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First off today, Foo Yun Chee at Reuters reports that France’s government has provided feedback to the European Commission, the executive branch of the EU, saying that the proposed changes to the recent copyright directive could “compromise the effectiveness” of the law.
Passed last year, the new copyright directive requires, among other things, that hosts and online service providers work to block the upload of copyright-infringing material. However, in a document discussing the implementation of that law, the Commission added several exemptions to its recommendations.
According to France, those limitations could harm the effectiveness of the law and it encouraged the EC to revise their recommendations to implement the law as written.
Next up today, Ernesto Van der Sar at Torrentfreak writes that Nintendo has reached a settlement with Uberchips.com that not only shutters the store but also sees the site’s operator agreeing to pay a $2 million judgment.
The store resold tools for jailbreaking the Nintendo Switch, which let users play pirated games on the system. This was made possible by the hacking group Team-Xecuter, which wrote the jailbreaking software Uberchip’s tools were based on.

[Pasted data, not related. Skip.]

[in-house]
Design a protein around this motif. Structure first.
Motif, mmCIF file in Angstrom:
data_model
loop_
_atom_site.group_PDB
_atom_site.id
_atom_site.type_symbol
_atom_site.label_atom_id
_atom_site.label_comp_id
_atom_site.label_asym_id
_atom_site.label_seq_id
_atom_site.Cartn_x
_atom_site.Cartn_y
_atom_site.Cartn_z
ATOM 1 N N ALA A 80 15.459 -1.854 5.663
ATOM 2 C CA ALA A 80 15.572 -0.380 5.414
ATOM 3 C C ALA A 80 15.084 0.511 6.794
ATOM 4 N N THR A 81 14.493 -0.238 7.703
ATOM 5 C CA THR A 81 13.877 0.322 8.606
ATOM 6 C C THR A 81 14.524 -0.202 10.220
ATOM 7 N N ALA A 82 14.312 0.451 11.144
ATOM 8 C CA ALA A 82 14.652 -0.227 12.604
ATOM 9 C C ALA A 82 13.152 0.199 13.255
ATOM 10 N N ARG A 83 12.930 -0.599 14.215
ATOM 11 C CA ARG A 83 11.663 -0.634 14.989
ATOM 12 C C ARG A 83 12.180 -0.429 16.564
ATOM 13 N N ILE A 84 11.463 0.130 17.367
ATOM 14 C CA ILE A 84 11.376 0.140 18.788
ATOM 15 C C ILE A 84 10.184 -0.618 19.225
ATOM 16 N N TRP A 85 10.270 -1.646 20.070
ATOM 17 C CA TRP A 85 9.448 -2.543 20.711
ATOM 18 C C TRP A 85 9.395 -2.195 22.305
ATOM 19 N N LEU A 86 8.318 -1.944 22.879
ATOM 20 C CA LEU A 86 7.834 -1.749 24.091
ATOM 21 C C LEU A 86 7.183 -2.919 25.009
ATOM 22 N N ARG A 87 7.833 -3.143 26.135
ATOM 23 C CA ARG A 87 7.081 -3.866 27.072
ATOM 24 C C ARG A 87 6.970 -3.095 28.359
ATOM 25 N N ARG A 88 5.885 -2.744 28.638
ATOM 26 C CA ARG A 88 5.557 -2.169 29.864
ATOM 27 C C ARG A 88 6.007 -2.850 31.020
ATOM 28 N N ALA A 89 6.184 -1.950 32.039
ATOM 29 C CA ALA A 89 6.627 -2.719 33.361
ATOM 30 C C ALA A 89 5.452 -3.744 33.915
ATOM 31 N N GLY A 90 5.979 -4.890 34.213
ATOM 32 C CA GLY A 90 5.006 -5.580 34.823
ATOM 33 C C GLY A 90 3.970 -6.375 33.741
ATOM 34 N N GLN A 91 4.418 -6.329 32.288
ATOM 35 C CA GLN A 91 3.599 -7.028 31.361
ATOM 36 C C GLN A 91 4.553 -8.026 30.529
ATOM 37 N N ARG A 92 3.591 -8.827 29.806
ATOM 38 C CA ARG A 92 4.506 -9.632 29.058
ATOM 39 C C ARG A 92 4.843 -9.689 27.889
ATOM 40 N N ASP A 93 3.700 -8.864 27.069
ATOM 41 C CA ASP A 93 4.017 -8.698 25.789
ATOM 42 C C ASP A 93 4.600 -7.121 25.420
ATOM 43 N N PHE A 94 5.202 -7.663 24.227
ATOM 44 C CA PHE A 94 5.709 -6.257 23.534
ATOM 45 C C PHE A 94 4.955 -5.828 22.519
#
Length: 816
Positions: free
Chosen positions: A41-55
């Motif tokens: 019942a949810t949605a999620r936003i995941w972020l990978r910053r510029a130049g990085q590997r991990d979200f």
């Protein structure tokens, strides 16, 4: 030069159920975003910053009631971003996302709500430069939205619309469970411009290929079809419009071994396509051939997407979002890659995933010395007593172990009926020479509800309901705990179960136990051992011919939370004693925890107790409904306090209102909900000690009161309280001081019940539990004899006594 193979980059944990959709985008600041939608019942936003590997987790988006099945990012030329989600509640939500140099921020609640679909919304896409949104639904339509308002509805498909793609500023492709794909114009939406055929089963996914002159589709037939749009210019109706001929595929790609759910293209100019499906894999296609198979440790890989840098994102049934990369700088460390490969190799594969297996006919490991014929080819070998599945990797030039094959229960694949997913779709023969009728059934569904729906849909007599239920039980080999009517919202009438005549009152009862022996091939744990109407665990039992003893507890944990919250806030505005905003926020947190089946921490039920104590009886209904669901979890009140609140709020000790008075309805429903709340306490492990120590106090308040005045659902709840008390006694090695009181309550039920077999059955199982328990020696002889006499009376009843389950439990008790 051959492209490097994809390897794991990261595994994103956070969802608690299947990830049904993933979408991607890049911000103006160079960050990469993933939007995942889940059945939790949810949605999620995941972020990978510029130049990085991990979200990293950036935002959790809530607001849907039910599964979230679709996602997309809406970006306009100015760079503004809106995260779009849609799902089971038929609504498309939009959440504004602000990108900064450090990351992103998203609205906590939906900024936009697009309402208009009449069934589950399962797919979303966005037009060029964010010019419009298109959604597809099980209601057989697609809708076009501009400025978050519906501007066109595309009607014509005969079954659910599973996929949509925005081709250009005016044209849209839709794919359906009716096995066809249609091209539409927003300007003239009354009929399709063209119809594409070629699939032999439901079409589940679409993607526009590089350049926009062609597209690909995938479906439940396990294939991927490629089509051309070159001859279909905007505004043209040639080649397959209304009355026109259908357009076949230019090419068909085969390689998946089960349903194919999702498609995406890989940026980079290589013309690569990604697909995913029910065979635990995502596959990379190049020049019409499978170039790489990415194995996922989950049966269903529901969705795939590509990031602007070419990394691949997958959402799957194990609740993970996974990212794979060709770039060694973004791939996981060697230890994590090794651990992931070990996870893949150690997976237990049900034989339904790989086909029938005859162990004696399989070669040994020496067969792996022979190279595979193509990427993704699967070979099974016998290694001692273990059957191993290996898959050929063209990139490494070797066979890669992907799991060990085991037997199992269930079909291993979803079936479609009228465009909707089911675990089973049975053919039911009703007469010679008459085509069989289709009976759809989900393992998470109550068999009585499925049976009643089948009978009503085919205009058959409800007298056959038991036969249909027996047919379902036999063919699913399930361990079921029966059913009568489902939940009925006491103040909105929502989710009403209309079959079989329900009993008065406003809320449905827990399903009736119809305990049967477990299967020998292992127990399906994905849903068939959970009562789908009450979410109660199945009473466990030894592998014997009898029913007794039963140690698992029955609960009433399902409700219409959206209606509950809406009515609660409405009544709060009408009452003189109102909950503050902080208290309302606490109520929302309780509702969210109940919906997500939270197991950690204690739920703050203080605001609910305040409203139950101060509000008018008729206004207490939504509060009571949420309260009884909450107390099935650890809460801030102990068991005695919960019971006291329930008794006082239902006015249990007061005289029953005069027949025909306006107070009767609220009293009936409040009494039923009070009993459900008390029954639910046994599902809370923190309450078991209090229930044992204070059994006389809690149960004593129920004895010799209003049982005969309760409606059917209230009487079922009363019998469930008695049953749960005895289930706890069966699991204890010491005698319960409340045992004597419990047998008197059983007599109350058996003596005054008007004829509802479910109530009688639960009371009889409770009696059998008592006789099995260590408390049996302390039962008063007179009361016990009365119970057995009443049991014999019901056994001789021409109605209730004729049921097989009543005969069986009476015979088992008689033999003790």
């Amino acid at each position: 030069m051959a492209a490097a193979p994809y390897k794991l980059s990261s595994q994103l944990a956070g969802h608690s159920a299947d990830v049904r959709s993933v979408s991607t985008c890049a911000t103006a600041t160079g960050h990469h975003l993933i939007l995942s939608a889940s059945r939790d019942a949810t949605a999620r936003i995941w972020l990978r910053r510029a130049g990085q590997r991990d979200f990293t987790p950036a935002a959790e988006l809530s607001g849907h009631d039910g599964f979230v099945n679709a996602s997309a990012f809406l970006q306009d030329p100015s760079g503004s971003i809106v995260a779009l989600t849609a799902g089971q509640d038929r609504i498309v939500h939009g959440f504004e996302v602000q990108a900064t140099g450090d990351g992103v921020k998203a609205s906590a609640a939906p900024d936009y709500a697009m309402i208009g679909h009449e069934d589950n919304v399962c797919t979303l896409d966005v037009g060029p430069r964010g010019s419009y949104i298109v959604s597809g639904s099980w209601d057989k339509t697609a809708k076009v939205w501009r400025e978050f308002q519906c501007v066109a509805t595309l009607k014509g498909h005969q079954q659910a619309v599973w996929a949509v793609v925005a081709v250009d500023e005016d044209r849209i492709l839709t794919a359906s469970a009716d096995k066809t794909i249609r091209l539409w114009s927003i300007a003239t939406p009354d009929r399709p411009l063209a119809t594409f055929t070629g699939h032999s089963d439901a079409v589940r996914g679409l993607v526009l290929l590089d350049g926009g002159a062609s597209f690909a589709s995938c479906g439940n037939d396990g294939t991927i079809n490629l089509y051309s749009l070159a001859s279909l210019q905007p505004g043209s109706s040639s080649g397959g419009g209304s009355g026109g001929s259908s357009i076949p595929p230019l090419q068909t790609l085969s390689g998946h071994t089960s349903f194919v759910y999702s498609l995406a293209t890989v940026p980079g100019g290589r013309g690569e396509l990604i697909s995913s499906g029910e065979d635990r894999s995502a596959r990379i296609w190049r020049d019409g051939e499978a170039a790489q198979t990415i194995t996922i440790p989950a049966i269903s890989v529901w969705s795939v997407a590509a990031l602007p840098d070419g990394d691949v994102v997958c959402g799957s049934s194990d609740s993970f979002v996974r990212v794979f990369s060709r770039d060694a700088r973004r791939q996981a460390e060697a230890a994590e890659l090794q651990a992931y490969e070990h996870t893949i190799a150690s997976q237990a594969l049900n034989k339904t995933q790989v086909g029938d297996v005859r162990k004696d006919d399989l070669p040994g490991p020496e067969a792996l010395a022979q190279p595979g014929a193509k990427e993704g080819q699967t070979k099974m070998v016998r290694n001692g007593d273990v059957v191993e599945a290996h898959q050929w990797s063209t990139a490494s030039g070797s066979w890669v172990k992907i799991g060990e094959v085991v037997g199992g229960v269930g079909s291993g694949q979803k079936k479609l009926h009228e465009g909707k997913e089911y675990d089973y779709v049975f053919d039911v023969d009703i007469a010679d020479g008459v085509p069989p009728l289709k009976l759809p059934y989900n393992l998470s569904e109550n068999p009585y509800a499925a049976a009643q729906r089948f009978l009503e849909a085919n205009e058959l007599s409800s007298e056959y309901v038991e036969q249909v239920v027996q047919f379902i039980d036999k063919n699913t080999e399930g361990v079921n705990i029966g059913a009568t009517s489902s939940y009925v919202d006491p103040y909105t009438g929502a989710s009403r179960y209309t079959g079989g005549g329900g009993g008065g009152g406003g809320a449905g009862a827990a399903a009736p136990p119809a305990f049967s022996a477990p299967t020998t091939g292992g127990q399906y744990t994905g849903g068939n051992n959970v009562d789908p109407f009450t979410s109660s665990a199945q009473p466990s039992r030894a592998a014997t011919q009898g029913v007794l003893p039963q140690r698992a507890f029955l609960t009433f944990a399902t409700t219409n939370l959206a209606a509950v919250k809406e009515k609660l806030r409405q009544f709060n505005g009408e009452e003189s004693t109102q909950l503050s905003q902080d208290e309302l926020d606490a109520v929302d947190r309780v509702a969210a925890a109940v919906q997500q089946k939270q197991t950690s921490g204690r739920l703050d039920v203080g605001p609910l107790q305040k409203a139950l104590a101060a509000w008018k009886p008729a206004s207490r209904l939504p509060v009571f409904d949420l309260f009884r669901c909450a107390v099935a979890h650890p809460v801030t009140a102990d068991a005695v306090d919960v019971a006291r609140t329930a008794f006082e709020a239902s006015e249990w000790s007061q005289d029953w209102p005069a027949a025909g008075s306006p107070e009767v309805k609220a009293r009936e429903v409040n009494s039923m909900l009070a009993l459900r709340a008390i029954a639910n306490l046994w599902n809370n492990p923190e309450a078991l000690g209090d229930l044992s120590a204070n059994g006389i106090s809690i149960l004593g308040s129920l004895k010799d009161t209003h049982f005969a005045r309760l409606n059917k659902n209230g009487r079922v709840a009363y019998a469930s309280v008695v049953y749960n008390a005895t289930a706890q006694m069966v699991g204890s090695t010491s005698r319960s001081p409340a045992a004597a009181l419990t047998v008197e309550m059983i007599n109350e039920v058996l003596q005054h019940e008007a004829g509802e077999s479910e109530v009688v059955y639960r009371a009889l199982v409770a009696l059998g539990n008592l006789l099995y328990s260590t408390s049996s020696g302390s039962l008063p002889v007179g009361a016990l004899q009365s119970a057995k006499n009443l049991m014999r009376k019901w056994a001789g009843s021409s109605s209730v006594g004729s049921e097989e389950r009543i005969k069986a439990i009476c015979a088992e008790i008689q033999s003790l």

The site was operated by Ohio resident Tom Dilt’s Jr., though it shuttered shortly after Nintendo filed a lawsuit against it. However, that did not bring an end to the lawsuit, which has now been resolved through a settlement. That settlement sees Dilt agreeing to never sell jailbreaking tools again, destroy any remaining stock and pay $2 million in damages. Lawsuits against 8 similar stores, which are presumed to be run by individuals outside of the country, are continuing.
Finally today, a press release from Jelurida says that they have emerged victorious in a copyright case against a rival, Apollo Fintech.
Jelurida is behind the open-source blockchain platforms Nxt and Ardor. In 2018, Apollo launched their own blockchain platform based on the Nxt code, which was placed under the Jelurida Public License (JPL). According to Jelurida, the issue arose not with the reuse of their code, but when Apollo put their modified version under a commercial license.
The JPL allows others to edit and re-release the software but it must remain under the JPL. This prompted the lawsuit. To that end, a court in the Netherlands issued a summary judgment in the case, ruling that the license was enforceable and that Apollo had infringed it. With that judgment, Apollo has voluntarily dropped their case against Jelurida in the United States, bringing an end to the case.